7. Talk the talk – I once visited an organization that takes time during each meeting to share a safety example or misstep to underscore the relevancy of the company’s policies and procedures. Those weighing in during this discussion hailed from both the operations and business sides of the organization. Beyond having visual cues, such as signage in the workplace, teams should spend time talking about safety. Complacency is the biggest enemy of a safety culture. The more that teams discuss safety, the more likely it will be top of mind as they work. Do your workers have a channel to discuss safety issues regularly?
  8. Walk the walk – Take time to celebrate good safety practices and digest poorly executed plans. People learn from both good and bad examples so be sure to debrief incidents, inspect outcomes, and audit situations. Learning does not and should not end with training. Do your workers regularly celebrate successes and learn from mistakes?
  9. Encourage curiosity – Asking questions can often be frowned upon with some mistakenly perceiving curiosity as incompetence. Teach workers to know when it is appropriate to question if adequate safety controls are being applied, especially during moments of change management when occupations and usage could be in flux. Managers and workers should have access to internal and external experts for safety-related questions and should be encouraged to keep up with the latest safety practices outlined in codes, standards, and training.  Are your managers and workers encouraged to be curious and to build on their career capabilities?
  10. Build partnerships with AHJs – Many people treat audits and inspections as a threat and may withhold information for fear of receiving poor ratings. The truth is that auditors and inspectors are safety culture allies. Their insights help organizations improve safety outcomes, so it is essential for businesses to be honest and transparent during any kind of analysis. Are you leveraging audits and inspections to regularly assess and improve your safety program and culture?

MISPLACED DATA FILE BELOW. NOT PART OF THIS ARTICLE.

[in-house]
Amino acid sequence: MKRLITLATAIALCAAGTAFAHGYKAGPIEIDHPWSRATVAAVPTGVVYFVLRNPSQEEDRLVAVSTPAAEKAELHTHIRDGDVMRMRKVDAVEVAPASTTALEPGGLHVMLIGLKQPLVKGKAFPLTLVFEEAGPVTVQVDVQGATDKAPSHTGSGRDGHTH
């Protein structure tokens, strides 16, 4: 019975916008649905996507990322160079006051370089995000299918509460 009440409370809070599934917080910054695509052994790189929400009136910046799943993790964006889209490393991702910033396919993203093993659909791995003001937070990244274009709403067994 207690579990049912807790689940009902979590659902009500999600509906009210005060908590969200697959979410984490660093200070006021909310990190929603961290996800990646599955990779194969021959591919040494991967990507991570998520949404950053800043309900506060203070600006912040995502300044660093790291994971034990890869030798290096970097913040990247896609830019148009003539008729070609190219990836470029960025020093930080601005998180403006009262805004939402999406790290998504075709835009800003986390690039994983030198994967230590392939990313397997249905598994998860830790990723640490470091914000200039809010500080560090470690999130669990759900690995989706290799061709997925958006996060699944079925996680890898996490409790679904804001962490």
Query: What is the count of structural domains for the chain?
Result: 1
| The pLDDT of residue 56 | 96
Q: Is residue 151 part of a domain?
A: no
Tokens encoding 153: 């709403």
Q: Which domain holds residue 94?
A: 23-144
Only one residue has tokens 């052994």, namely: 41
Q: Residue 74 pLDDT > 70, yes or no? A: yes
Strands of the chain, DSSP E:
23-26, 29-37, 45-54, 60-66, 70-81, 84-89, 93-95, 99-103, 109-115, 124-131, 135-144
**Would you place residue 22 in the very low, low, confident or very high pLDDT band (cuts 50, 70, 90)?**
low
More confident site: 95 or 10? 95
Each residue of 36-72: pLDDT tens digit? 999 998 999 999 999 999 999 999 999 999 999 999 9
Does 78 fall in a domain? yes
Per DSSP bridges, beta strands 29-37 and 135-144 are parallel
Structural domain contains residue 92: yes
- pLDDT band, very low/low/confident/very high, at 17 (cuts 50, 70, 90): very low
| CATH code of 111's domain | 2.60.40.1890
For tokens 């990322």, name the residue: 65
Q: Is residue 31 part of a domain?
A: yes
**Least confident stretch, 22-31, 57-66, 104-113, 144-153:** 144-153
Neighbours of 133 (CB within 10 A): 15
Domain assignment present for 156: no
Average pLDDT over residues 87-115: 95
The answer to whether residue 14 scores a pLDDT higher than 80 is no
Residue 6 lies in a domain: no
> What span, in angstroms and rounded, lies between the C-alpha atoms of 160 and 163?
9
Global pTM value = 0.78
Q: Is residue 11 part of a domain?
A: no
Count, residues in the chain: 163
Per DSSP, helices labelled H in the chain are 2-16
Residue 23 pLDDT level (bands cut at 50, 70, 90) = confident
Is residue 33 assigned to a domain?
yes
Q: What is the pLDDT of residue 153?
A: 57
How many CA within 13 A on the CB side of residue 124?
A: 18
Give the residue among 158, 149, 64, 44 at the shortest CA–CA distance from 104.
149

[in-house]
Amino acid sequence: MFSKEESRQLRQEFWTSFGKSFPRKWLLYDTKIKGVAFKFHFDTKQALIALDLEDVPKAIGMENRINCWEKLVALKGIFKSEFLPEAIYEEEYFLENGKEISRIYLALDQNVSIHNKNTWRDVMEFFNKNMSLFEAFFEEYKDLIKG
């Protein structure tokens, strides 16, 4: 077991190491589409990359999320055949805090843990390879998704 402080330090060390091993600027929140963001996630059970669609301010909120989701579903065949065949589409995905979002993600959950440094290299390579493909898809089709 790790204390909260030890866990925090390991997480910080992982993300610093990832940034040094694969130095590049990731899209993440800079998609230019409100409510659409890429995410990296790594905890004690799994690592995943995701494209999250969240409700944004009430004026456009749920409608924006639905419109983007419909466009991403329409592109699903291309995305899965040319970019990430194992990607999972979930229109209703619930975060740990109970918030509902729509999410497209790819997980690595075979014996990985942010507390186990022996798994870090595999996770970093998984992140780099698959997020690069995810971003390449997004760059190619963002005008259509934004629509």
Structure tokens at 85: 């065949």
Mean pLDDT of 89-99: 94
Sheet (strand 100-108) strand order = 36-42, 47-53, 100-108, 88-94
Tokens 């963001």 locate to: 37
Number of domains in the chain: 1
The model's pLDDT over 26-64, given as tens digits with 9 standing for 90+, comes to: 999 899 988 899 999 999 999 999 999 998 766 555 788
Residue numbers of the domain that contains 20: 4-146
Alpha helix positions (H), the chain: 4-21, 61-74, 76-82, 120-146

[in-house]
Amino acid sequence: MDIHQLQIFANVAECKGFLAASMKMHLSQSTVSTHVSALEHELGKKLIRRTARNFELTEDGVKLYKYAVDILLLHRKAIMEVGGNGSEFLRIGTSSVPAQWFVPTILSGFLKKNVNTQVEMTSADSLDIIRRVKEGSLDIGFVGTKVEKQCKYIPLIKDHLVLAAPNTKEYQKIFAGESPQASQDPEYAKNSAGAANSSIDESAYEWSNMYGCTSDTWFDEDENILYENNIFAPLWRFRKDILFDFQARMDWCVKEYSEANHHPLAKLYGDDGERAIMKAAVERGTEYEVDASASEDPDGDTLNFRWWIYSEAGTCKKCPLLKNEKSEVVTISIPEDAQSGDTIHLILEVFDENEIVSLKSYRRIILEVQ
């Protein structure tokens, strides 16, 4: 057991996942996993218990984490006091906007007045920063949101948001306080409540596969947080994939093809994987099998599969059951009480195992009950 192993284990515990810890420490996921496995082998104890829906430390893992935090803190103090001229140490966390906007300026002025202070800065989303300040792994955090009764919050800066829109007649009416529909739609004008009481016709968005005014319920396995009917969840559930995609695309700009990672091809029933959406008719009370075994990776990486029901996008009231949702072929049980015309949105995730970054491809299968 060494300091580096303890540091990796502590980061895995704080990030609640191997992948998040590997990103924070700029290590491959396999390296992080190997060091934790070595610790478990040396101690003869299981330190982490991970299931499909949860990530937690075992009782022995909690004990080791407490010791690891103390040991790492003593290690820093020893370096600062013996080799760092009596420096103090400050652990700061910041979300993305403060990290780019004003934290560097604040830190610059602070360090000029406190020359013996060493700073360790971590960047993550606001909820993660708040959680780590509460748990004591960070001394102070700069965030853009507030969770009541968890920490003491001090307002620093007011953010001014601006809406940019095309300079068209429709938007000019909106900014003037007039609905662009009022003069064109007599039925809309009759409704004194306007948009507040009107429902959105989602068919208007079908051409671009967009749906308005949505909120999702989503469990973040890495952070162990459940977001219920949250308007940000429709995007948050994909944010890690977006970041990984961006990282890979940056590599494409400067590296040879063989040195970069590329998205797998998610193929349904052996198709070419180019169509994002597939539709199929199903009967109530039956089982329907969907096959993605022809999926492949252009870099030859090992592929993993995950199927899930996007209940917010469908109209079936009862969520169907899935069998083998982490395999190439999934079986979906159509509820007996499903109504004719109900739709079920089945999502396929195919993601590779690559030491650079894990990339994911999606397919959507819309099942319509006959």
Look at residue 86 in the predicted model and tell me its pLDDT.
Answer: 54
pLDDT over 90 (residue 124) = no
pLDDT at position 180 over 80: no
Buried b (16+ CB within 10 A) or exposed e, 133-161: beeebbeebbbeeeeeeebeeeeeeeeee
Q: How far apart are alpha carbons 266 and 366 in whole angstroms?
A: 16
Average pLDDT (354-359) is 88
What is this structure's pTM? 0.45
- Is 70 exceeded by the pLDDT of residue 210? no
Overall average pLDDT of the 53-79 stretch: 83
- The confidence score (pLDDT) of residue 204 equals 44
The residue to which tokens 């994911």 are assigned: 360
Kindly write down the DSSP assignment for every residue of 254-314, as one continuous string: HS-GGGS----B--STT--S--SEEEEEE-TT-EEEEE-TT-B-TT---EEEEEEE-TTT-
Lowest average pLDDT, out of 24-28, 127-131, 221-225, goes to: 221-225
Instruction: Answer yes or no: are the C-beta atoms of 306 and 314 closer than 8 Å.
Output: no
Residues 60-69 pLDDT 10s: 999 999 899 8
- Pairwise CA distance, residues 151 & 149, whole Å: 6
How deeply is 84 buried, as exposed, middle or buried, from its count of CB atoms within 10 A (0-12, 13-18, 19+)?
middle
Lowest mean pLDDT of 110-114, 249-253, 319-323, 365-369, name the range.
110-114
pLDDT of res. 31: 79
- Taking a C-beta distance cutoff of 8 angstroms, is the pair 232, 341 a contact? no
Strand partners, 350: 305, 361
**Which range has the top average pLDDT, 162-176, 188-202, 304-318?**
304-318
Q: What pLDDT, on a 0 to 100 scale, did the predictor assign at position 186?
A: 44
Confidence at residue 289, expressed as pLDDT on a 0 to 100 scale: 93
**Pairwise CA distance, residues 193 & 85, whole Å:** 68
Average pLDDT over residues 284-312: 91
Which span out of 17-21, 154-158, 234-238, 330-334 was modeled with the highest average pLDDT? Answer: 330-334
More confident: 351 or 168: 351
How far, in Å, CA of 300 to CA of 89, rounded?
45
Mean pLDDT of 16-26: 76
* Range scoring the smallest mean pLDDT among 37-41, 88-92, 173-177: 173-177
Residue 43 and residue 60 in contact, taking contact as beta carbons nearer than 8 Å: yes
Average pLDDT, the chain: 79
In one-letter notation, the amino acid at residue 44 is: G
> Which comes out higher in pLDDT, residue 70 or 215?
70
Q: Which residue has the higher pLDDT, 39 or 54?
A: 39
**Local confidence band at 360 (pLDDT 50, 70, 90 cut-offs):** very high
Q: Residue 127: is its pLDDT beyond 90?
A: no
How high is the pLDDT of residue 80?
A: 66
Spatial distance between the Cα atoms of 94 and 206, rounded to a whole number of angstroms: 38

It is widely known that codes and standards provide the solid foundation for an organization’s safety infrastructure. For the benefit of business continuity and workplace culture, key managers and workers in an organization should:

  1. learn how codes and standards inform safety program policies, procedures, and best practices;
  2. believe that everyone plays a role in safety; and 
  3. be curious and critically assess potential hazards based on the latest information and training.

Investing in an organization’s safety culture and the need for skilled labor are two critical components of the NFPA Fire & Life Safety Ecosystem™.  In a nutshell, the Ecosystem shows us that safety is a system; the framework is being used around the world to facilitate important discussions in the workplace.

Find out how NFPA can help your organization improve its safety culture through codes and standards, research, training, certifications, and membership

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Bartholomew Jae
Bartholomew Jae
Director, Education & Development